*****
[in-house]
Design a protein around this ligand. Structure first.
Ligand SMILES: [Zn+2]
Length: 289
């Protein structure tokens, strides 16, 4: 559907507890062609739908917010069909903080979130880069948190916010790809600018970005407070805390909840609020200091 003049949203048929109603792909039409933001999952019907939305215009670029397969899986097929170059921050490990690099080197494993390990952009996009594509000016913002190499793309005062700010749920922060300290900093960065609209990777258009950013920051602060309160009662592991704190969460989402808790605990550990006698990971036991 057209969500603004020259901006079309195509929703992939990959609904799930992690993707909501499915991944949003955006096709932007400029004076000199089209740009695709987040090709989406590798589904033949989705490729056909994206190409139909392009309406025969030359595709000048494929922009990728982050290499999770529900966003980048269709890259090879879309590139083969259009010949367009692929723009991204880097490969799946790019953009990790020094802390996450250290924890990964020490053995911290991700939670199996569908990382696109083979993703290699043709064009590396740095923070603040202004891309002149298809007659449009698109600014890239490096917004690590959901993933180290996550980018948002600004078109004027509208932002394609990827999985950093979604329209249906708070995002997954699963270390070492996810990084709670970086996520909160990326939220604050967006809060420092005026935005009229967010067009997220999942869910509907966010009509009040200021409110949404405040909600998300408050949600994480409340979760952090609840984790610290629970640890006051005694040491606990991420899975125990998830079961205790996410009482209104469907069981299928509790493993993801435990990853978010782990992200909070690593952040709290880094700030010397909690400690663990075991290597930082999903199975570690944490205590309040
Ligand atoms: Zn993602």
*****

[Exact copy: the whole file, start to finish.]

[in-house]
Design a protein around this ligand. Structure first.
Ligand SMILES: [Zn+2]
Length: 289
């Protein structure tokens, strides 16, 4: 559907507890062609739908917010069909903080979130880069948190916010790809600018970005407070805390909840609020200091 003049949203048929109603792909039409933001999952019907939305215009670029397969899986097929170059921050490990690099080197494993390990952009996009594509000016913002190499793309005062700010749920922060300290900093960065609209990777258009950013920051602060309160009662592991704190969460989402808790605990550990006698990971036991 057209969500603004020259901006079309195509929703992939990959609904799930992690993707909501499915991944949003955006096709932007400029004076000199089209740009695709987040090709989406590798589904033949989705490729056909994206190409139909392009309406025969030359595709000048494929922009990728982050290499999770529900966003980048269709890259090879879309590139083969259009010949367009692929723009991204880097490969799946790019953009990790020094802390996450250290924890990964020490053995911290991700939670199996569908990382696109083979993703290699043709064009590396740095923070603040202004891309002149298809007659449009698109600014890239490096917004690590959901993933180290996550980018948002600004078109004027509208932002394609990827999985950093979604329209249906708070995002997954699963270390070492996810990084709670970086996520909160990326939220604050967006809060420092005026935005009229967010067009997220999942869910509907966010009509009040200021409110949404405040909600998300408050949600994480409340979760952090609840984790610290629970640890006051005694040491606990991420899975125990998830079961205790996410009482209104469907069981299928509790493993993801435990990853978010782990992200909070690593952040709290880094700030010397909690400690663990075991290597930082999903199975570690944490205590309040
Ligand atoms: Zn993602």